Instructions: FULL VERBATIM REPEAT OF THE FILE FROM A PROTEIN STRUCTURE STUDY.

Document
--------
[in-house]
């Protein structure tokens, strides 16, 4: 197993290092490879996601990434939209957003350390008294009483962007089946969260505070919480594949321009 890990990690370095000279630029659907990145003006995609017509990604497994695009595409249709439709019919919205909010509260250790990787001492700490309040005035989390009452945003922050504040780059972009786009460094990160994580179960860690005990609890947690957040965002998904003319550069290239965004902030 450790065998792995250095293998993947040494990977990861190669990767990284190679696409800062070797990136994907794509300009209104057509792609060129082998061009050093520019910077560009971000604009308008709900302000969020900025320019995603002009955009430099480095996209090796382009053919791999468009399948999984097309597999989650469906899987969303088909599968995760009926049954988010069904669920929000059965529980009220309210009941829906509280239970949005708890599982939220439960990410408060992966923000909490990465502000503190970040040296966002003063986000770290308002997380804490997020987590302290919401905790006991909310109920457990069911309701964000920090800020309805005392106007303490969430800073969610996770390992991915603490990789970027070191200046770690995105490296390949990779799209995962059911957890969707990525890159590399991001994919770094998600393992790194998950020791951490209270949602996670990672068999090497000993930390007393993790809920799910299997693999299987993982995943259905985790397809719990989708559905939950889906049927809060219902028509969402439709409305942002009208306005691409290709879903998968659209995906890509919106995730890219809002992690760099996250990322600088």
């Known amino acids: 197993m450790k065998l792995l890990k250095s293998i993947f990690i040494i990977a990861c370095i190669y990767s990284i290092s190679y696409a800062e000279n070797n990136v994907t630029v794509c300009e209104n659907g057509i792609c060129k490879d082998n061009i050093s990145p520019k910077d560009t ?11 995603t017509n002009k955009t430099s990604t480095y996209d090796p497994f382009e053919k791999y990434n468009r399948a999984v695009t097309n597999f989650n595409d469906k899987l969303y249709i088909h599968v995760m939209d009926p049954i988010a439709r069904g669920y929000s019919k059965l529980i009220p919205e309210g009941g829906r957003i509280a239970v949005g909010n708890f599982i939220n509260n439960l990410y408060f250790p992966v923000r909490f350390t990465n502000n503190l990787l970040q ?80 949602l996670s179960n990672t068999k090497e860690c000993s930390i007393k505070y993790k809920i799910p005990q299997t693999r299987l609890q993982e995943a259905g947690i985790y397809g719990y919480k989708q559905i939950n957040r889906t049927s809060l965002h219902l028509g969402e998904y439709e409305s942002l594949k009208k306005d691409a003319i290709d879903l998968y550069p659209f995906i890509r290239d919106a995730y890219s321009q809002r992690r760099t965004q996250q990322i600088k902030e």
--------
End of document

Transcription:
[in-house]
């Protein structure tokens, strides 16, 4: 197993290092490879996601990434939209957003350390008294009483962007089946969260505070919480594949321009 890990990690370095000279630029659907990145003006995609017509990604497994695009595409249709439709019919919205909010509260250790990787001492700490309040005035989390009452945003922050504040780059972009786009460094990160994580179960860690005990609890947690957040965002998904003319550069290239965004902030 450790065998792995250095293998993947040494990977990861190669990767990284190679696409800062070797990136994907794509300009209104057509792609060129082998061009050093520019910077560009971000604009308008709900302000969020900025320019995603002009955009430099480095996209090796382009053919791999468009399948999984097309597999989650469906899987969303088909599968995760009926049954988010069904669920929000059965529980009220309210009941829906509280239970949005708890599982939220439960990410408060992966923000909490990465502000503190970040040296966002003063986000770290308002997380804490997020987590302290919401905790006991909310109920457990069911309701964000920090800020309805005392106007303490969430800073969610996770390992991915603490990789970027070191200046770690995105490296390949990779799209995962059911957890969707990525890159590399991001994919770094998600393992790194998950020791951490209270949602996670990672068999090497000993930390007393993790809920799910299997693999299987993982995943259905985790397809719990989708559905939950889906049927809060219902028509969402439709409305942002009208306005691409290709879903998968659209995906890509919106995730890219809002992690760099996250990322600088």
């Known amino acids: 197993m450790k065998l792995l890990k250095s293998i993947f990690i040494i990977a990861c370095i190669y990767s990284i290092s190679y696409a800062e000279n070797n990136v994907t630029v794509c300009e209104n659907g057509i792609c060129k490879d082998n061009i050093s990145p520019k910077d560009t ?11 995603t017509n002009k955009t430099s990604t480095y996209d090796p497994f382009e053919k791999y990434n468009r399948a999984v695009t097309n597999f989650n595409d469906k899987l969303y249709i088909h599968v995760m939209d009926p049954i988010a439709r069904g669920y929000s019919k059965l529980i009220p919205e309210g009941g829906r957003i509280a239970v949005g909010n708890f599982i939220n509260n439960l990410y408060f250790p992966v923000r909490f350390t990465n502000n503190l990787l970040q ?80 949602l996670s179960n990672t068999k090497e860690c000993s930390i007393k505070y993790k809920i799910p005990q299997t693999r299987l609890q993982e995943a259905g947690i985790y397809g719990y919480k989708q559905i939950n957040r889906t049927s809060l965002h219902l028509g969402e998904y439709e409305s942002l594949k009208k306005d691409a003319i290709d879903l998968y550069p659209f995906i890509r290239d919106a995730y890219s321009q809002r992690r760099t965004q996250q990322i600088k902030e």